We do not have that option. As today’s gospel reading reminds us, claiming to follow Jesus has implications for the way we live. It is a prophecy, not a parable, a foretelling and a forth-telling. It tells us four times how it is that we identify ourselves as sheep or goats, long before the Son of Man comes to confirm it. Four times the criteria of judgment are given: twice by the Son of Man, once by the sheep and once by the goats: I was hungry and you gave me food; I was thirsty and you gave me something to drink; I was a stranger and you welcomed me; I was naked and you gave me clothing; I was sick and you took care of me; I was in prison and you visited me. What God cares about most is not how we think, or what we believe, but how we live. And not just how we live with those close to us, our family and friends, but how we act towards those most in need, the last and least. We must care about the vulnerable, about animals or the environment, we must speak up for justice, we must support measures to preserve public health in a time of covid19, because we are followers of the Son of Man.

Yes, you may say, but what does this have to do with ‘virtue signalling’? After all, the accusation made against virtue signallers is that they are not as virtuous as they pretend to be. We could feed the hungry and clothe the naked quietly, so no one would know. Except that Christians have a specific duty not simply to do good. We also have a duty to talk about it. Every time we baptise someone we give them a candle and tell them: ‘You belong to Christ, the light of the world. Let your light so shine before the world that all may see your good works and give glory to our Father who is in heaven.’ As long as we do not do good in order to seek glory for ourselves, virtue signalling, letting our light shine in the sight of the world, is part of being Christian.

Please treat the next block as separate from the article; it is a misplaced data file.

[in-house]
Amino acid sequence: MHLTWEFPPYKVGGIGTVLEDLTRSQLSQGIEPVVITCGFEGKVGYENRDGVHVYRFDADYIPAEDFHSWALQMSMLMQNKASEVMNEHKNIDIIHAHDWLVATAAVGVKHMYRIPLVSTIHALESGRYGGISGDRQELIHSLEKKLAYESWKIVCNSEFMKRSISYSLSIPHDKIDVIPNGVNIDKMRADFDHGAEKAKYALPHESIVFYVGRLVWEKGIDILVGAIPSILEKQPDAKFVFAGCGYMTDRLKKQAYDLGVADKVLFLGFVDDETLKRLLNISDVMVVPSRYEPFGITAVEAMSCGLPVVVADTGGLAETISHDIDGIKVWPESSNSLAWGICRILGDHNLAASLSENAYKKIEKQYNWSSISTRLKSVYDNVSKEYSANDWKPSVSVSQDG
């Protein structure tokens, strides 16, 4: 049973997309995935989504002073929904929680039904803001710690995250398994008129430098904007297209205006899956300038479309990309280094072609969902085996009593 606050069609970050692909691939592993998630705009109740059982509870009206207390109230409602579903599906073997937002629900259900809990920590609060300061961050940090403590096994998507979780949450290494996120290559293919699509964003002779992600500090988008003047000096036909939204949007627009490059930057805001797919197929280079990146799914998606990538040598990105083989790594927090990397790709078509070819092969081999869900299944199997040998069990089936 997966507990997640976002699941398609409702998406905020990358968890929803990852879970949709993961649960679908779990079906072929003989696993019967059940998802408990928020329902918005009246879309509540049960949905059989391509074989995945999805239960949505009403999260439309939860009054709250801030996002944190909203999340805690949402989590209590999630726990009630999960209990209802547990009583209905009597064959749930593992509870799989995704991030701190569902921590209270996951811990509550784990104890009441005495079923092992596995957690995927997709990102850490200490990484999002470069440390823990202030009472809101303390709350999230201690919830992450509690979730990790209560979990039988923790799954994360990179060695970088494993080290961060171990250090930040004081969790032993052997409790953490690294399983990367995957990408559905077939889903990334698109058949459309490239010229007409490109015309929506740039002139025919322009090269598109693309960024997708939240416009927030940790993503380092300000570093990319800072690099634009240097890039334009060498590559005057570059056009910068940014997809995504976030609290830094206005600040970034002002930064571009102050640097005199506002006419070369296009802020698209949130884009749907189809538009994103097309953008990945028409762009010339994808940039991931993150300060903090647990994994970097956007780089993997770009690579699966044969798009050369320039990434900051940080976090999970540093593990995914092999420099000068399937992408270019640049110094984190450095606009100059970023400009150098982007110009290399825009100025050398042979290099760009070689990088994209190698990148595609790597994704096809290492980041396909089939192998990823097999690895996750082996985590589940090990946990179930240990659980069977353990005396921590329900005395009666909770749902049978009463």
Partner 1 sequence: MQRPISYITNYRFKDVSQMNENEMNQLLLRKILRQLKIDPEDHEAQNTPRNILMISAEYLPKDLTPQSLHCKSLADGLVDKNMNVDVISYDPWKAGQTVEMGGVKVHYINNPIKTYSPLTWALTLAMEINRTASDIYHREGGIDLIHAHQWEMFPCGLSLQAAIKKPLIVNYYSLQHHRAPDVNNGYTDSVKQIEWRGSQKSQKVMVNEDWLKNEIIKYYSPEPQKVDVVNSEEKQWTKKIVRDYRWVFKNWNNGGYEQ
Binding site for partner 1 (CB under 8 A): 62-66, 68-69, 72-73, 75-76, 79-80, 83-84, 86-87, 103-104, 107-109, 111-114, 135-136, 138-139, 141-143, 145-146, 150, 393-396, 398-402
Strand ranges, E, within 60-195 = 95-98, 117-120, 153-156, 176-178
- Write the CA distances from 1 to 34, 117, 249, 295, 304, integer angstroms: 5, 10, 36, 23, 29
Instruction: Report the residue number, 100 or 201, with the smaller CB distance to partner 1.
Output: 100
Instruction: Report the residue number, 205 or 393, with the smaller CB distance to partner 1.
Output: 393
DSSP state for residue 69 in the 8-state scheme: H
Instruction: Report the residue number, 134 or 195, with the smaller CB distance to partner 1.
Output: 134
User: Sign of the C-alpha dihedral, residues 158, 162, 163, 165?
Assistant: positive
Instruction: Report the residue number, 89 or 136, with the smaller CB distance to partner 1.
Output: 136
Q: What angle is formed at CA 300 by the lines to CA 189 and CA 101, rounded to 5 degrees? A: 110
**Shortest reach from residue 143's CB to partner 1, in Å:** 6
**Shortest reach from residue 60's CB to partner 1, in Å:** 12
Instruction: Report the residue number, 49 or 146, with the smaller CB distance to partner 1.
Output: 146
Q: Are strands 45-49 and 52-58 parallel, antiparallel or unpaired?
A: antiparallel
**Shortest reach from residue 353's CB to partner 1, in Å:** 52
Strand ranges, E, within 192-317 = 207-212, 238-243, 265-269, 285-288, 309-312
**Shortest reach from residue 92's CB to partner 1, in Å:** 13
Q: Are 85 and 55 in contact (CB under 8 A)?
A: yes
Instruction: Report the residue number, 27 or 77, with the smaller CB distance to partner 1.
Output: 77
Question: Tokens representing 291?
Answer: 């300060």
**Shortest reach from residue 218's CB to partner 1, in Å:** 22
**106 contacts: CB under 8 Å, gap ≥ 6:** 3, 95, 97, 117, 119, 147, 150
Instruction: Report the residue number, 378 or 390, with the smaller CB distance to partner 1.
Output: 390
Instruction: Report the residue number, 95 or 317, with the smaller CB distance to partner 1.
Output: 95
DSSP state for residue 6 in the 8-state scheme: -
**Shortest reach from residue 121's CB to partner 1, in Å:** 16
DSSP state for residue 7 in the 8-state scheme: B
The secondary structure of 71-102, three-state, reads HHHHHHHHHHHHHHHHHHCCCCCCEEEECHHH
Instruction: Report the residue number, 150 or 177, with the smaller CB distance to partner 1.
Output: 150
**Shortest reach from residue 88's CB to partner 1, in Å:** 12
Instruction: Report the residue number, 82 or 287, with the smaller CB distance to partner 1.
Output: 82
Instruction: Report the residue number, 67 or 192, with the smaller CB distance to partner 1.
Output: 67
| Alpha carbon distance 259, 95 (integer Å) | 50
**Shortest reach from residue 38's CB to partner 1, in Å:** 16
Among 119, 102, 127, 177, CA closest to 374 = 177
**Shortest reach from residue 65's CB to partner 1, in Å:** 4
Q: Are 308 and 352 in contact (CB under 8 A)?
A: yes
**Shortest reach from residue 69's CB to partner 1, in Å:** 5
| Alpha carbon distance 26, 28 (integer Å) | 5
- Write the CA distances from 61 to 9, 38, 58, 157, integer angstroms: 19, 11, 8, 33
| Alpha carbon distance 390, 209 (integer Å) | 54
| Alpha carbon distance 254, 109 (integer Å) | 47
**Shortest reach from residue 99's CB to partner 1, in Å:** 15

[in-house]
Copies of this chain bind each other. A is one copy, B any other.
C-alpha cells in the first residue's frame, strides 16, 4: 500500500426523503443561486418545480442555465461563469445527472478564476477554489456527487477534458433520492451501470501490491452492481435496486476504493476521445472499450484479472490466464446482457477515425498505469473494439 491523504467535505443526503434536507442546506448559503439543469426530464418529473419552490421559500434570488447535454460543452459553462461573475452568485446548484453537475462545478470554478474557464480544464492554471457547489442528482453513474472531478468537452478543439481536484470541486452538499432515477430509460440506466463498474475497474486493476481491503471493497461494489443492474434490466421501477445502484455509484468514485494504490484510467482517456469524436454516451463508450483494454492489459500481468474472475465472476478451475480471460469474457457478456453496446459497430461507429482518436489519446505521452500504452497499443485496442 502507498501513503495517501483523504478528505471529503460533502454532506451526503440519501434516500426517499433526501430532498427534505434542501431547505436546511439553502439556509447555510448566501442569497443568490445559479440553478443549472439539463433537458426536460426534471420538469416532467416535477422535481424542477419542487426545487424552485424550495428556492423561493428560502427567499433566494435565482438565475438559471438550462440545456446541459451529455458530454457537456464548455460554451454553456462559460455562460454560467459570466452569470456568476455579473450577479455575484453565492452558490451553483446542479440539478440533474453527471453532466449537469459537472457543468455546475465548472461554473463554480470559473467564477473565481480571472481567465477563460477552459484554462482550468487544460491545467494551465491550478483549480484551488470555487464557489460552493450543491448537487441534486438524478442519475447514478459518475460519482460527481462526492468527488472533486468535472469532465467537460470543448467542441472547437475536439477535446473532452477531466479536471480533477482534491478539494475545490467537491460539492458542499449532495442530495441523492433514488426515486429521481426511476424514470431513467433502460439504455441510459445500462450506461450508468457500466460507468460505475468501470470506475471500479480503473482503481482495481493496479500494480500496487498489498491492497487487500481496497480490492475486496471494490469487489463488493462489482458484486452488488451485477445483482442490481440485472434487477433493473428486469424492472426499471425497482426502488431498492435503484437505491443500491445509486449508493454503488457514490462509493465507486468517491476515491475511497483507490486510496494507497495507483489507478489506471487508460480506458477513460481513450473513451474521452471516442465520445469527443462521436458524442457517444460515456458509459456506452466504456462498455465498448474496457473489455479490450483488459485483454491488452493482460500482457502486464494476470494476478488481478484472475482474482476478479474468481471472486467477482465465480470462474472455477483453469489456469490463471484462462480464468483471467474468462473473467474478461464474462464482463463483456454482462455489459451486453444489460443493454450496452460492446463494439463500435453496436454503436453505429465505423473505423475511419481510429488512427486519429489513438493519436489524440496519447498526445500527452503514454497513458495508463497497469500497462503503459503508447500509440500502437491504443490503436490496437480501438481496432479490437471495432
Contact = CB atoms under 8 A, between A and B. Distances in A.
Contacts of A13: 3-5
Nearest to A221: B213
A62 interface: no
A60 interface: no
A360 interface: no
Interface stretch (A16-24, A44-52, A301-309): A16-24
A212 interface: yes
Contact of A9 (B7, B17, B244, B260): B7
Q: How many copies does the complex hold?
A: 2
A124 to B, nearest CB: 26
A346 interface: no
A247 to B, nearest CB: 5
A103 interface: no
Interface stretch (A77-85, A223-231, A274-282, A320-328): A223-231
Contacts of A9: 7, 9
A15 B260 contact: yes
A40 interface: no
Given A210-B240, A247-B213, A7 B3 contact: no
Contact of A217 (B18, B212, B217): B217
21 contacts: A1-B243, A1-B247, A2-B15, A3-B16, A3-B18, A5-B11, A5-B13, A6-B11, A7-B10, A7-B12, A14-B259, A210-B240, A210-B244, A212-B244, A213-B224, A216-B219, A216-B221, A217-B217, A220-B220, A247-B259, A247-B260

Here at the beginning of the new year we are reminded of the imperative to live out our faith by doing good, knowing that this will sometimes be misunderstood, and that we will sometimes be called names. But if we are, if people accuse us of being wowsers or do-gooders, of being woke or virtue signalling, of being hypocrites or of endorsing a particular sort of politicised virtuous liberalism, we can still rejoice. We know where we are going; to that time and place beyond all times and places when God himself will be with us; God will wipe every tear from our eyes. Death will be no more; mourning and crying and pain will be no more, for the first things will have passed away, and everyone will live in joy and peace. Knowing that this is our destination, let us commit ourselves to living as sheep and not goats, as the people of God, through the Methodist covenant prayer:

The Covenant Prayer

Let us pray: Lord God, in baptism, you brought us into union with Christ who fulfils your gracious covenant; and in bread and wine we receive the fruit of his obedience. So with joy we take upon ourselves the yoke of obedience, and commit ourselves to seek and do your perfect will.

I am no longer my own, but yours.
Put me to what you will, rank me with whom you will; put me to doing, put me to suffering; let me be employed for you or laid aside for you; exalted for you or brought low for you; let me be full, let me be empty; let me have all things, let me have nothing; I freely and wholeheartedly yield all things to your pleasure and disposal.
And now, glorious and blessed God, Father, Son and Holy Spirit, you are mine and I am yours, to the glory and praise of your name. Amen.

[1] Chapter 21, ‘A New Departure in Flavorings,’ in L. M. Montgomery, Anne of Green Gables (1908).